Tyler Johnson Was Here

I recently finished reading Jay Cole’s book, Tyler Johnson Was Here. It’s a young adult novel. Still, it speaks to some important themes that surged to the forefront of American discourse in 2020. Specifically: Police Brutality, Systemic Racism, and the “Black Lives Matter” movement. I heard about the book from a video posted by our church network. The author was interviewed — not just as a writer, but as a colleague (a missionary at a collegiate church on campus at Ball State University). And even though the book was primarily written for a younger audience, I found it compelling and beneficial.

The story follows a set of twins growing up in a primarily-Black neighborhood called Sterling Point. One has high ambitions to study at a premiere university. The other feels compelled to support his family through selling drugs. Tragedy interrupts their lives, however, and the survivor must grapple with the aftermath.

The cover of the book included the phrase, “My brother is not your hashtag.” So I don’t feel bad about playing the role of “spoiler” with the summary above. What surprised (and benefitted) me the most about the book, however, was the lead-up to that tragedy. For awhile, it seems like the narrative’s inciting incident is going to happen in the first chapter of the book. Consequently, I found my pulse racing and my breathing shallowed, as I read about a late-night interaction between the high-school-aged protagonists and a neighborhood police officer. It felt like I was a part of that group, wondering what would happen, fearing for my life. When the situation resolved (albeit temporarily), I calmed down and realized that the book helped me to vicariously experience a situation common to many people of color.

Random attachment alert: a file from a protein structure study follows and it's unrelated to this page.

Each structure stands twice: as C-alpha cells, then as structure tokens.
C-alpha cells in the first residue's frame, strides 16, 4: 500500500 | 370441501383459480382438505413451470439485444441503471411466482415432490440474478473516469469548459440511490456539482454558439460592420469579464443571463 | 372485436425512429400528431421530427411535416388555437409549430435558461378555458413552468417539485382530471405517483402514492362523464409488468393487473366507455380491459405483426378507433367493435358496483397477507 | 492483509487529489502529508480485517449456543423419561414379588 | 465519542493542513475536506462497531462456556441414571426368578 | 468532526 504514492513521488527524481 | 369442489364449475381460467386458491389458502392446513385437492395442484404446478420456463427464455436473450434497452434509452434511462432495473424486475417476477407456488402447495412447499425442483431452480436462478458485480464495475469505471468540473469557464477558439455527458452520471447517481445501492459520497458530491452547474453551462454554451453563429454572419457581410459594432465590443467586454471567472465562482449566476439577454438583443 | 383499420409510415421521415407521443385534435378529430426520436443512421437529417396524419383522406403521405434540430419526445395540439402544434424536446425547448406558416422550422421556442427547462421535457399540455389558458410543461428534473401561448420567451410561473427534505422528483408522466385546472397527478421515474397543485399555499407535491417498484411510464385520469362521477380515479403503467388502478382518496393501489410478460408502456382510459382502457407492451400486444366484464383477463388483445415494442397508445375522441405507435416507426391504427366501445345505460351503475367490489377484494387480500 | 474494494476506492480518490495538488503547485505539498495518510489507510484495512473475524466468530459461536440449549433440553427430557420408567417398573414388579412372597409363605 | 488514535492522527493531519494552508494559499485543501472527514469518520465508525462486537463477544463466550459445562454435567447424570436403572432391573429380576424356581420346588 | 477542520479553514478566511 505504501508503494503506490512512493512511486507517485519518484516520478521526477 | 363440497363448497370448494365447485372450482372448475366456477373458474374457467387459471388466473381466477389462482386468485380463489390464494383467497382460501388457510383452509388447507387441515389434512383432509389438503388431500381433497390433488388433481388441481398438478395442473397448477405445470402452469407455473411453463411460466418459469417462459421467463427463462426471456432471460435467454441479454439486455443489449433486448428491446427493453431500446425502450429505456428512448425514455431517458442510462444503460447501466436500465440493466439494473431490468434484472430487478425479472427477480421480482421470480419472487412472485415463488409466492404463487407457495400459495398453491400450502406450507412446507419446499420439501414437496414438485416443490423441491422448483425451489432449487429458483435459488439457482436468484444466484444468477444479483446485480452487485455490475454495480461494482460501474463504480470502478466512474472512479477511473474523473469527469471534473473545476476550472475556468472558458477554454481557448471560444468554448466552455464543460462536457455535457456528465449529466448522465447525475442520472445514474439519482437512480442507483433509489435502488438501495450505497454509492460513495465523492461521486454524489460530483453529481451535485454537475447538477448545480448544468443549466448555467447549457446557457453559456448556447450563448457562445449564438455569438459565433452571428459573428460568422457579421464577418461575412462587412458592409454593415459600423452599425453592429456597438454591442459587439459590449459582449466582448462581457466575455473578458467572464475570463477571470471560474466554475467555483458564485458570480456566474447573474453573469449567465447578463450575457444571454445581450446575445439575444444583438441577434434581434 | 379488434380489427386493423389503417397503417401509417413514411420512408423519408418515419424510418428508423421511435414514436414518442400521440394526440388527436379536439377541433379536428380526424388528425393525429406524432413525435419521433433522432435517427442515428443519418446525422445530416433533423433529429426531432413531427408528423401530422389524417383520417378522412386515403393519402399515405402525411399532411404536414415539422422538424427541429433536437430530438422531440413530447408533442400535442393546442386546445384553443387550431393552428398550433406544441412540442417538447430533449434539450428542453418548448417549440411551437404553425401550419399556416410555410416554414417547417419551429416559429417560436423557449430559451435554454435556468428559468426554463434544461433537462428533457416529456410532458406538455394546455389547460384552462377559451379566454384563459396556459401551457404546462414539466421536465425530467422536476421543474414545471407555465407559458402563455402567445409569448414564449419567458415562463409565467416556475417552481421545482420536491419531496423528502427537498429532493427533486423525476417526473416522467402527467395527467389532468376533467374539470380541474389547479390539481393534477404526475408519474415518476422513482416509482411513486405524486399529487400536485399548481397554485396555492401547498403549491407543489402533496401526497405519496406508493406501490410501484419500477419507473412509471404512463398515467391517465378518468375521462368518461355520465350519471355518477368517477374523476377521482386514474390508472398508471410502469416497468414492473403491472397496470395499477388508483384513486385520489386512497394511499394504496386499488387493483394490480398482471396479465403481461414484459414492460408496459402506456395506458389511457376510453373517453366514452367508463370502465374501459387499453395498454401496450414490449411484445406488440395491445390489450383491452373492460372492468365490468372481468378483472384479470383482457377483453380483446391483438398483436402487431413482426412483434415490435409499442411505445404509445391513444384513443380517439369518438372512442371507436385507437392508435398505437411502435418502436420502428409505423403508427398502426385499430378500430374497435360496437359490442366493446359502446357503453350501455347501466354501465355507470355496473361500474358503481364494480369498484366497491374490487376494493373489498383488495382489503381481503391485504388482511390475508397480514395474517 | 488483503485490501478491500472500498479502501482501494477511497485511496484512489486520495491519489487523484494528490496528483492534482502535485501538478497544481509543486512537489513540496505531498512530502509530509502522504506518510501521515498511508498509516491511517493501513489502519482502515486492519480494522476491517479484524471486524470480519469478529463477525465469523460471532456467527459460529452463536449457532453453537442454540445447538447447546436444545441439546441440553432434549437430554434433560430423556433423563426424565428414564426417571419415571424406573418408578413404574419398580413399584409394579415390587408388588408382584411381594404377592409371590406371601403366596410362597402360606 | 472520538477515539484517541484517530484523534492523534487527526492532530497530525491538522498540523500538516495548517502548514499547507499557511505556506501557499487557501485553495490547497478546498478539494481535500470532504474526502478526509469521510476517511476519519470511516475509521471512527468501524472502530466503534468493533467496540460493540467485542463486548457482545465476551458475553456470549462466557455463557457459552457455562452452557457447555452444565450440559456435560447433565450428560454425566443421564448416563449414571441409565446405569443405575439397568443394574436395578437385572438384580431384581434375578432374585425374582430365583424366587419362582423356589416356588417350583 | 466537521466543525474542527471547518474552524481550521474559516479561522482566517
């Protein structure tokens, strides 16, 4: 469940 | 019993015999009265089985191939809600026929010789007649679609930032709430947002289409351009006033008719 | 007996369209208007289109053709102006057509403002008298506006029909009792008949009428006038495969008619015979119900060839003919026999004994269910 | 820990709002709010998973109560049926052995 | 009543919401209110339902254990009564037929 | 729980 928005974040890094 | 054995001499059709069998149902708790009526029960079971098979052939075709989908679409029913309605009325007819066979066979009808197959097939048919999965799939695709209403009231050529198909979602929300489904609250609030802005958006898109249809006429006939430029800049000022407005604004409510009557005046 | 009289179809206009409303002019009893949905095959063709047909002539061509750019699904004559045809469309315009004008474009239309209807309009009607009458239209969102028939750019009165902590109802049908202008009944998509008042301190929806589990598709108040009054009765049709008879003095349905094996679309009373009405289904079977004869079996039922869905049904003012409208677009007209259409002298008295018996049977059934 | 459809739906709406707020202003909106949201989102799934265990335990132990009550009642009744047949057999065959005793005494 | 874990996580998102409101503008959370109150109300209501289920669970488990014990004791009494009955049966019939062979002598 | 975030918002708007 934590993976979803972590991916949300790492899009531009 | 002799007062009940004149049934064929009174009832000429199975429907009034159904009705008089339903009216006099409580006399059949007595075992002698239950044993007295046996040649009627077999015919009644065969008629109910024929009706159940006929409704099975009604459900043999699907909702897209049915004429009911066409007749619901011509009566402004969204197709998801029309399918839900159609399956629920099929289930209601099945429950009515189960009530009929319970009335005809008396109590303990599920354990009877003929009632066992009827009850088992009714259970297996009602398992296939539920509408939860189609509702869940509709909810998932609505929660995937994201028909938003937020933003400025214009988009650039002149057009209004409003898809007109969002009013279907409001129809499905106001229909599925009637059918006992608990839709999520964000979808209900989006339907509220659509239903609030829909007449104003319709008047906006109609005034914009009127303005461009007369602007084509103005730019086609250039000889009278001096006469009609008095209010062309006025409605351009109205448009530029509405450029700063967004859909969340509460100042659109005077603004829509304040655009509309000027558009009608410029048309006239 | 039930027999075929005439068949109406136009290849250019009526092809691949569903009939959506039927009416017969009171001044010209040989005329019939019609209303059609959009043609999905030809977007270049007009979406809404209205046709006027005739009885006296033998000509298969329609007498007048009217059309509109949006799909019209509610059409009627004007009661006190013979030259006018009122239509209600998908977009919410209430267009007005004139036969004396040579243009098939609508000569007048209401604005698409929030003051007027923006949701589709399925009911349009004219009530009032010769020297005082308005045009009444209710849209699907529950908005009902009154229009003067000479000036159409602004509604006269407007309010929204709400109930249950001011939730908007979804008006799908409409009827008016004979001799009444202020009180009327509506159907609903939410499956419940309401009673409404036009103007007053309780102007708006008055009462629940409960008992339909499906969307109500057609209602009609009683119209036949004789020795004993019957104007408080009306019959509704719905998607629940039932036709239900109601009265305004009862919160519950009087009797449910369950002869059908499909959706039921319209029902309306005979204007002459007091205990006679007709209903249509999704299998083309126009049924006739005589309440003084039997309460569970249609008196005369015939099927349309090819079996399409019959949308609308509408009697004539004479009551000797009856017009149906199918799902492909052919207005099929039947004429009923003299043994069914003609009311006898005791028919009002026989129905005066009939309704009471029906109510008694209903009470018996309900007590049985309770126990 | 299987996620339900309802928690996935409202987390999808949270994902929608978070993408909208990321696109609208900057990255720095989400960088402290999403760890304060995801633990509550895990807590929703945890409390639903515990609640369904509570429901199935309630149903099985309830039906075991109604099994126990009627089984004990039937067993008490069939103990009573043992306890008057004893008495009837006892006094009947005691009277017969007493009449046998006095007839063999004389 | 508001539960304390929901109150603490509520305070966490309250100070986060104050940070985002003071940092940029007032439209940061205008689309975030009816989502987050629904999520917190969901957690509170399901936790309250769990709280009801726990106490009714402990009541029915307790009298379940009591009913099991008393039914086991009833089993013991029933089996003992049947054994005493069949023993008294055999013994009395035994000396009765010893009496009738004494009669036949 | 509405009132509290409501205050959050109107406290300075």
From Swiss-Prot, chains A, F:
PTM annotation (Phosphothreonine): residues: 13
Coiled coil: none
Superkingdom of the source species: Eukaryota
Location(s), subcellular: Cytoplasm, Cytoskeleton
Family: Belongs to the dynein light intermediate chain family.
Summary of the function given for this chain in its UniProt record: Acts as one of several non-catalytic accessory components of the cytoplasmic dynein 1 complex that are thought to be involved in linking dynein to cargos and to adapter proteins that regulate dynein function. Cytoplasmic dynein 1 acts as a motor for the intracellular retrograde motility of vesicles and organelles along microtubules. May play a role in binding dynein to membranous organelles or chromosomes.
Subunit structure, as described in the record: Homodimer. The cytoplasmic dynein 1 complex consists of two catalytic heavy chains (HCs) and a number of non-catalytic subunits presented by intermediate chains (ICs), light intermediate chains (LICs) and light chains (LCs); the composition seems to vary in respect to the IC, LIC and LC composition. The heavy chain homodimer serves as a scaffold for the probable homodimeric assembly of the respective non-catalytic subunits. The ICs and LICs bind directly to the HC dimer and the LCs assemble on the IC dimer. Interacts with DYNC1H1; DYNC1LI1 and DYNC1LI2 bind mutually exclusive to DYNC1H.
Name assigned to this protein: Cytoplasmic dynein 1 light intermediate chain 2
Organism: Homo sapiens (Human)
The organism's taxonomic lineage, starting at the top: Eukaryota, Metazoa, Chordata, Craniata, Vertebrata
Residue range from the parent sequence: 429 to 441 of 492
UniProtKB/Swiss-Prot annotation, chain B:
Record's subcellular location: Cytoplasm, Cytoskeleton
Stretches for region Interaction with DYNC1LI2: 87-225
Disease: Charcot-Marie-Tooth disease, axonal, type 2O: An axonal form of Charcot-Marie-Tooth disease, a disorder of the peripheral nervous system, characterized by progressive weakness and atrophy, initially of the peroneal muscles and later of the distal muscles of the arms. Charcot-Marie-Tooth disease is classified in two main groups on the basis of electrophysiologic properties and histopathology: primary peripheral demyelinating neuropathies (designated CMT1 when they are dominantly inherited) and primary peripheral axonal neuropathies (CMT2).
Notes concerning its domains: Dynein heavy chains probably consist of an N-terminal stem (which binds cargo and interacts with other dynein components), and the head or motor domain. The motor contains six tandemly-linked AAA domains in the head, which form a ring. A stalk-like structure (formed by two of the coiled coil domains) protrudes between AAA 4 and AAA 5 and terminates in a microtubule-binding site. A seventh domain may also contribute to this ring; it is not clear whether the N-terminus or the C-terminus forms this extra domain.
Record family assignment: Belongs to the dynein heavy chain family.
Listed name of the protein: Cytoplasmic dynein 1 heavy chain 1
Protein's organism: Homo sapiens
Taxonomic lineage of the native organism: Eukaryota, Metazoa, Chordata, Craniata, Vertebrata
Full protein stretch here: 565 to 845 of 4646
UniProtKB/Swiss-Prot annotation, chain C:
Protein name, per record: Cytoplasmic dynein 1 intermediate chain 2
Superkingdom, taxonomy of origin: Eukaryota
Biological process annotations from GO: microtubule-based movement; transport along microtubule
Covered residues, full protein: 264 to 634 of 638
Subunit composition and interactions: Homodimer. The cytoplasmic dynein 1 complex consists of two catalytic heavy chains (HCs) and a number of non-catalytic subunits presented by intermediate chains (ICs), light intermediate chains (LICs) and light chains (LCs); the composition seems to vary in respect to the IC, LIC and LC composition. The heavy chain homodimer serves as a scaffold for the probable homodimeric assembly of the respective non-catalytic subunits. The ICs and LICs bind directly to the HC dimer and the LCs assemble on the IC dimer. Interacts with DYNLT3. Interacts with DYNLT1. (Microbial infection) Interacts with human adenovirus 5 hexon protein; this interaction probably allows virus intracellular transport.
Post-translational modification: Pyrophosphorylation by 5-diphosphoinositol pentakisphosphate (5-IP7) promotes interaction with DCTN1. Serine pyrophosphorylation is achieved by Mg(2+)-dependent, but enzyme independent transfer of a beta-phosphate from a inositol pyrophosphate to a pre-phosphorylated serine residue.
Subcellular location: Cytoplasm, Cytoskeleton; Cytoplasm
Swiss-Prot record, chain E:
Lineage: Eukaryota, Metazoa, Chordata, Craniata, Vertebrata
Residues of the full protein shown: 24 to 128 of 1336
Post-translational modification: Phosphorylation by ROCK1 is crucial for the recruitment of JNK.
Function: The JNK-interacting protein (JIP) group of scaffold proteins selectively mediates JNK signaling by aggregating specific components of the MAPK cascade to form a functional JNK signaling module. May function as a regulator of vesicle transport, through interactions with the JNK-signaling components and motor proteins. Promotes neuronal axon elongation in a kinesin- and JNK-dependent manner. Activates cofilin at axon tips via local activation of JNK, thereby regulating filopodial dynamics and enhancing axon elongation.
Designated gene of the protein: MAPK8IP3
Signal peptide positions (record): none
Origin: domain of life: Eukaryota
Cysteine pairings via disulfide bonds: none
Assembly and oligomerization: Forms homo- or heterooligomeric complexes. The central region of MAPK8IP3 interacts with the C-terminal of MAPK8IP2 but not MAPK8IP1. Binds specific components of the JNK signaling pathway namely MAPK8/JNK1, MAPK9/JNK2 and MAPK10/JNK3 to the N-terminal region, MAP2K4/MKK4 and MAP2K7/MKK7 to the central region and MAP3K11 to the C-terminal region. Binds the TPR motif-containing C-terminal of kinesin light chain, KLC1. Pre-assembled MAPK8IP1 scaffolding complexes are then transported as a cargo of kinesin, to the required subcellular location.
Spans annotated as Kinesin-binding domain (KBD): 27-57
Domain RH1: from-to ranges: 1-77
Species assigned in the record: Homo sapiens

I appreciated the way that the book continued to follow the old writers’ adage: “Show, don’t tell.” I learned about Racism, White Privilege, and Systemic Oppression without overly-pedantic explanations. These societal challenges manifested themselves in the landscape and language of Marvin and Tyler Johnson. And I think that was the greatest success of the book.

Make no mistake: Tyler Johnson Was Here reads like a young adult novel. It includes a lot of hormonal urges, angst, and insecurity that are hallmarks of books designed for this demographic. Some of the characters felt real and three-dimensional. Others did not. I would say that the first half of the book was stronger than the second half of the book. Some parts dragged. Still, it was pretty impressive for Coles’ debut novel. I look forward to reading more of his books in the future.

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